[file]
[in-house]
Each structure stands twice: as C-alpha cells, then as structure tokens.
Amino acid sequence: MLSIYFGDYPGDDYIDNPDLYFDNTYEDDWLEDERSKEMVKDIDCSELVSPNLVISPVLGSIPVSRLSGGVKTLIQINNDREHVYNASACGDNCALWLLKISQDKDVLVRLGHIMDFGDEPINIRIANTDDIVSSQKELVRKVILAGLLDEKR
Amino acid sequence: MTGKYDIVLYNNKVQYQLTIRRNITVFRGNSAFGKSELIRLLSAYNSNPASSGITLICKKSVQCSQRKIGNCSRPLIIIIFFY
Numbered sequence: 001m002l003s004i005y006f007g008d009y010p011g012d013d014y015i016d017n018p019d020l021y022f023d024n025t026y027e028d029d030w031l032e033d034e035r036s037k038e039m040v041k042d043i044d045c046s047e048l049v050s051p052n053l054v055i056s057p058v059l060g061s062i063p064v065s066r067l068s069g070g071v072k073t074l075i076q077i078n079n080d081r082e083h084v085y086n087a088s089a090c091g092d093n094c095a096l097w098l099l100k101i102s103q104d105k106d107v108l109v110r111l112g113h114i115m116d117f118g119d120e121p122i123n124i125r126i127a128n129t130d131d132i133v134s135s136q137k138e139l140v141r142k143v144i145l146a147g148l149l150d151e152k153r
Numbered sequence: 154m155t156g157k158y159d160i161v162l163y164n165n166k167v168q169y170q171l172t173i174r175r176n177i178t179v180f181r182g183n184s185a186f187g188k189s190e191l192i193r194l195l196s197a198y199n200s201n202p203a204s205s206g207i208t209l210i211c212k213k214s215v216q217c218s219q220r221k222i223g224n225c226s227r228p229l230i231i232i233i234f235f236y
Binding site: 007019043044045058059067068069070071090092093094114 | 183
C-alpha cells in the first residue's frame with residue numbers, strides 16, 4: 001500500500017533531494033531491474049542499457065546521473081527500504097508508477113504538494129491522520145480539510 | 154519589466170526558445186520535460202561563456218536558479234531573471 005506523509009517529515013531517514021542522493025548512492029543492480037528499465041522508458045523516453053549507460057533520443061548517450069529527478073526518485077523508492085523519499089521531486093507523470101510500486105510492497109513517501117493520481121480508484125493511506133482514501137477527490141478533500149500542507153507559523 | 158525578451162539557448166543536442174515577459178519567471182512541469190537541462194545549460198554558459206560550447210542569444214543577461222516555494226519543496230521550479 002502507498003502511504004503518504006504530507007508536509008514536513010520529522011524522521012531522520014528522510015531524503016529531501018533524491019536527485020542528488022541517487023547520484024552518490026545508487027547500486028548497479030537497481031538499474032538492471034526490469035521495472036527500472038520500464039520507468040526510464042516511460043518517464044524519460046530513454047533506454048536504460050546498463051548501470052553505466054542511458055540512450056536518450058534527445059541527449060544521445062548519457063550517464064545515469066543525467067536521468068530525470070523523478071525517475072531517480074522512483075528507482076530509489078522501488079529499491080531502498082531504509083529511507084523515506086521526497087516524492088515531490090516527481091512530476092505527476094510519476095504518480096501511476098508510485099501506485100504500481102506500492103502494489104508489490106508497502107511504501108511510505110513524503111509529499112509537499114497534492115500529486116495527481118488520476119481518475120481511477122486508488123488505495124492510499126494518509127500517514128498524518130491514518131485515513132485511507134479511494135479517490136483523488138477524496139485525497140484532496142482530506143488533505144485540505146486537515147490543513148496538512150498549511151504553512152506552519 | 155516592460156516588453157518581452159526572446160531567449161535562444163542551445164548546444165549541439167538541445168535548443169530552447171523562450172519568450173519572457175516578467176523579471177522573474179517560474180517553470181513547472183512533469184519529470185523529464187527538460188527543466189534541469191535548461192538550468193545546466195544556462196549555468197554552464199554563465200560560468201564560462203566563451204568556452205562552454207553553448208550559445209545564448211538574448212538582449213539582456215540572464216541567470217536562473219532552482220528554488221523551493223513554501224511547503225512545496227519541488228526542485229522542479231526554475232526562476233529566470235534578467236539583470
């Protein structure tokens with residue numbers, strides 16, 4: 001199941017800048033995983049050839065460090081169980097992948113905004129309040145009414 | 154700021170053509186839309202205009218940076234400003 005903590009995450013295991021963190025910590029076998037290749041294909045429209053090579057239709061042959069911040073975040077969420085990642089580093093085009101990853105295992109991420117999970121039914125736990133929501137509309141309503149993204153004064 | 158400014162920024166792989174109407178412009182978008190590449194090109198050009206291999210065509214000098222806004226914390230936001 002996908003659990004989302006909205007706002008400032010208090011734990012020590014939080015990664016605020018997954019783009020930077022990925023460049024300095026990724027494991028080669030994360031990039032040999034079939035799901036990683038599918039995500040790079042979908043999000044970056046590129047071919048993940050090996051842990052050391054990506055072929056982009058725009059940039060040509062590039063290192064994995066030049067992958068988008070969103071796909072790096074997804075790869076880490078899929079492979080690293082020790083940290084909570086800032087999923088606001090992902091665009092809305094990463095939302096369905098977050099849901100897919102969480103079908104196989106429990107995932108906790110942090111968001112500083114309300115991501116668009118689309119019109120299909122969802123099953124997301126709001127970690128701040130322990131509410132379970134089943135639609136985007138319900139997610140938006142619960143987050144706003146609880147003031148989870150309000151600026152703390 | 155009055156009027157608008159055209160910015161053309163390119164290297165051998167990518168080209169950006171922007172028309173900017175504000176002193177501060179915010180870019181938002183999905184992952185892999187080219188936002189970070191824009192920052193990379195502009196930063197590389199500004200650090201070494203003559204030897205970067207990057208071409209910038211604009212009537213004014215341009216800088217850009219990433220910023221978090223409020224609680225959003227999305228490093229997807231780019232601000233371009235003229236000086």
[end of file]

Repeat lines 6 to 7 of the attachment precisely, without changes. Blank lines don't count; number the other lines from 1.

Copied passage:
Numbered sequence: 154m155t156g157k158y159d160i161v162l163y164n165n166k167v168q169y170q171l172t173i174r175r176n177i178t179v180f181r182g183n184s185a186f187g188k189s190e191l192i193r194l195l196s197a198y199n200s201n202p203a204s205s206g207i208t209l210i211c212k213k214s215v216q217c218s219q220r221k222i223g224n225c226s227r228p229l230i231i232i233i234f235f236y
Binding site: 007019043044045058059067068069070071090092093094114 | 183